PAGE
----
Andrukonis says sometimes an employee may approach the situation unprepared if they feel comfortable and safe with their boss. While being able to talk openly with your manager is a sign of a strong relationship, phrasing your workplace stress in this passive-aggressive way isn’t productive. It only affirms that you compromised your boundaries in the past, and now, you also agree to compromise your boundaries again. How does that solve the problem at hand? In short: it doesn’t. “By unloading your woes on your manager and agreeing to continue the same behavior, you are creating additional stress for them and for yourself and committing to continue the same dysfunctional pattern again,” she adds.
Make sure to come prepared with an updated plan that lays out how you intend to fulfill your duties and ensures your manager can do the same. As Andrukonis says, “the goal is to explain, with specific deadlines and concrete examples, how you will meet the new expectations in a more reasonable and manageable way for you.” Should you say that you’re feeling overwhelmed? Definitely — but keep it high level, without going into the nitty-gritty details. You might say something like: “My current workload is not allowing me to perform at my top ability. I would like to do [NEW PLAN], so I have the time to strategize, conceptualize and submit quality work for you and the business.”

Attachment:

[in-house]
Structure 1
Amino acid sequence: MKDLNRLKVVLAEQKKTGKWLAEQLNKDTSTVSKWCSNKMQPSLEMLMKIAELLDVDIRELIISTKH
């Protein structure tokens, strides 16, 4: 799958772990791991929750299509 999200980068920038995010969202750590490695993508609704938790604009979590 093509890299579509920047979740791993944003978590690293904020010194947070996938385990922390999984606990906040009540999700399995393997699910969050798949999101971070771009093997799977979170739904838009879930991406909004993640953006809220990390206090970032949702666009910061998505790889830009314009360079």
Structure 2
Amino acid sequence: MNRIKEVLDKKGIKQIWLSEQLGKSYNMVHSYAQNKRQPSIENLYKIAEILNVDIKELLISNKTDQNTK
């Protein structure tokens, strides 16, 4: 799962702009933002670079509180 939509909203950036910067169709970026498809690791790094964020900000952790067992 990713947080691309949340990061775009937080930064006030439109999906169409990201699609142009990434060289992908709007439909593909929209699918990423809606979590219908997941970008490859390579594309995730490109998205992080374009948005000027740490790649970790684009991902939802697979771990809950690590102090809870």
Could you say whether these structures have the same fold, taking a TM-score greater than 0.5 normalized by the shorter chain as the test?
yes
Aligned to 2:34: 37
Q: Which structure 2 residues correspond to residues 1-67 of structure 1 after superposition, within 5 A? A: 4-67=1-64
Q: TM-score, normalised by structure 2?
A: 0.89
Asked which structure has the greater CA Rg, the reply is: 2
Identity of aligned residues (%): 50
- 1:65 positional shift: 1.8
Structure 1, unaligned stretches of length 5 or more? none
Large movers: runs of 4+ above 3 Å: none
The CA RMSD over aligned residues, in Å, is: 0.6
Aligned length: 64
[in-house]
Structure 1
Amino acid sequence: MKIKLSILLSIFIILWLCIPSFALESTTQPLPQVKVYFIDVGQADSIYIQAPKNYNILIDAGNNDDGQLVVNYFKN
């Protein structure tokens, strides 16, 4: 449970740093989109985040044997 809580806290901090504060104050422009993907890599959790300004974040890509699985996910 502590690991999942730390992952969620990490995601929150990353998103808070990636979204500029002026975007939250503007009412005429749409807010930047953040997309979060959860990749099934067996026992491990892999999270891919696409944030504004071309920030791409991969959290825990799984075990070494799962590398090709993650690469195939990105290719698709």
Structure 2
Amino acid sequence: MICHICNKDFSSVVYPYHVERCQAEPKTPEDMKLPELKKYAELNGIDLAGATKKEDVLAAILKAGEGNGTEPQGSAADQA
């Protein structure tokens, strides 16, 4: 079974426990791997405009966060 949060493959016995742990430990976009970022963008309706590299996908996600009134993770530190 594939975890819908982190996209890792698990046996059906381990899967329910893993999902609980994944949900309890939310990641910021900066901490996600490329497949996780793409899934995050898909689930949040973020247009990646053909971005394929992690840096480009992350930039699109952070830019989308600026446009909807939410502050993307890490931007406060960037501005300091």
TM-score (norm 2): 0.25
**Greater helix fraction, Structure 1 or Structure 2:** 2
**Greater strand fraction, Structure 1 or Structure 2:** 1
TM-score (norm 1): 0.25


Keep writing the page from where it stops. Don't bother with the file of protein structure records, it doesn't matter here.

Real talk: at some point in their careers, everyone has felt overwhelmed. Workplace stress is no joke — in 2019, the American Institute of Stress noted that 94% of American workers reported experiencing stress at their workplace, and that was before we were in the midst of a pandemic! But even if you are boiling over on the inside and incredibly frustrated with your manager or leader — there’s never an excuse for laying on the guilt.
Instead, stay focused on the end goal: lightening up or changing your schedule to have more flexibility. Give yourself a moment to release the tension, and then come prepared with an action plan that will benefit you, as well as everyone around you.